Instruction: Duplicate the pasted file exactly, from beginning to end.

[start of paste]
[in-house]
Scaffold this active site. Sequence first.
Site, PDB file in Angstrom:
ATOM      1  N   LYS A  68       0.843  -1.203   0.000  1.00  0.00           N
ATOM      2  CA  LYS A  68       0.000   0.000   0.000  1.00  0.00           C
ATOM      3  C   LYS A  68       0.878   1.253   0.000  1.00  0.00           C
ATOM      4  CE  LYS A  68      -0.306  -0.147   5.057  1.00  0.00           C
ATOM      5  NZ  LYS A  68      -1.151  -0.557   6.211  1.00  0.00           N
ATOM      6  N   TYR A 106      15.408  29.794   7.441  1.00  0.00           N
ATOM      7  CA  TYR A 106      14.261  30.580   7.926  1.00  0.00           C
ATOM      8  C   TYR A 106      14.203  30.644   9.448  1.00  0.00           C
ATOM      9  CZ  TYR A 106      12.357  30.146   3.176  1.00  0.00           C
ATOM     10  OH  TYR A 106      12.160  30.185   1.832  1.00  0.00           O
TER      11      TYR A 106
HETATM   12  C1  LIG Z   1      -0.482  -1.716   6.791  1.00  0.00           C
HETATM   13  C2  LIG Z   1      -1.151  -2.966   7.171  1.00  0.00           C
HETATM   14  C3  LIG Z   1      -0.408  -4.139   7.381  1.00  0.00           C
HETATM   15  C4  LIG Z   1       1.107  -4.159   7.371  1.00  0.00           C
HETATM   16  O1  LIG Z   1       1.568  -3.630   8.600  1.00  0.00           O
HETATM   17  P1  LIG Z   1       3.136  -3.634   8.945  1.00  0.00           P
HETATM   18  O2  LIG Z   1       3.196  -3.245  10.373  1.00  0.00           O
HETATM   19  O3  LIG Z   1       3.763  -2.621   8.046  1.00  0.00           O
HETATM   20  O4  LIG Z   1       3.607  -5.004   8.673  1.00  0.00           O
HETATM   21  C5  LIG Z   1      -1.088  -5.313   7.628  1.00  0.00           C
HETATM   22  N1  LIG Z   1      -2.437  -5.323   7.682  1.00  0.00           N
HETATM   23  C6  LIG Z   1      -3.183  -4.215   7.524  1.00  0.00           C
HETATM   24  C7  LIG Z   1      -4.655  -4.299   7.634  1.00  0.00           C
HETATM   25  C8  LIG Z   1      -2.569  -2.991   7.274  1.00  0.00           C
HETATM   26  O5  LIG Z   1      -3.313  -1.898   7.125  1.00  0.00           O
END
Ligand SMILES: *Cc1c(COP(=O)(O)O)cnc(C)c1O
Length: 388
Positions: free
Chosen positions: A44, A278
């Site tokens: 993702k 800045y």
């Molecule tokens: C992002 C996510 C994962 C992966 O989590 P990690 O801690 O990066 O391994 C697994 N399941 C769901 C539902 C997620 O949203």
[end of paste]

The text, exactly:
[in-house]
Scaffold this active site. Sequence first.
Site, PDB file in Angstrom:
ATOM      1  N   LYS A  68       0.843  -1.203   0.000  1.00  0.00           N
ATOM      2  CA  LYS A  68       0.000   0.000   0.000  1.00  0.00           C
ATOM      3  C   LYS A  68       0.878   1.253   0.000  1.00  0.00           C
ATOM      4  CE  LYS A  68      -0.306  -0.147   5.057  1.00  0.00           C
ATOM      5  NZ  LYS A  68      -1.151  -0.557   6.211  1.00  0.00           N
ATOM      6  N   TYR A 106      15.408  29.794   7.441  1.00  0.00           N
ATOM      7  CA  TYR A 106      14.261  30.580   7.926  1.00  0.00           C
ATOM      8  C   TYR A 106      14.203  30.644   9.448  1.00  0.00           C
ATOM      9  CZ  TYR A 106      12.357  30.146   3.176  1.00  0.00           C
ATOM     10  OH  TYR A 106      12.160  30.185   1.832  1.00  0.00           O
TER      11      TYR A 106
HETATM   12  C1  LIG Z   1      -0.482  -1.716   6.791  1.00  0.00           C
HETATM   13  C2  LIG Z   1      -1.151  -2.966   7.171  1.00  0.00           C
HETATM   14  C3  LIG Z   1      -0.408  -4.139   7.381  1.00  0.00           C
HETATM   15  C4  LIG Z   1       1.107  -4.159   7.371  1.00  0.00           C
HETATM   16  O1  LIG Z   1       1.568  -3.630   8.600  1.00  0.00           O
HETATM   17  P1  LIG Z   1       3.136  -3.634   8.945  1.00  0.00           P
HETATM   18  O2  LIG Z   1       3.196  -3.245  10.373  1.00  0.00           O
HETATM   19  O3  LIG Z   1       3.763  -2.621   8.046  1.00  0.00           O
HETATM   20  O4  LIG Z   1       3.607  -5.004   8.673  1.00  0.00           O
HETATM   21  C5  LIG Z   1      -1.088  -5.313   7.628  1.00  0.00           C
HETATM   22  N1  LIG Z   1      -2.437  -5.323   7.682  1.00  0.00           N
HETATM   23  C6  LIG Z   1      -3.183  -4.215   7.524  1.00  0.00           C
HETATM   24  C7  LIG Z   1      -4.655  -4.299   7.634  1.00  0.00           C
HETATM   25  C8  LIG Z   1      -2.569  -2.991   7.274  1.00  0.00           C
HETATM   26  O5  LIG Z   1      -3.313  -1.898   7.125  1.00  0.00           O
END
Ligand SMILES: *Cc1c(COP(=O)(O)O)cnc(C)c1O
Length: 388
Positions: free
Chosen positions: A44, A278
């Site tokens: 993702k 800045y």
């Molecule tokens: C992002 C996510 C994962 C992966 O989590 P990690 O801690 O990066 O391994 C697994 N399941 C769901 C539902 C997620 O949203």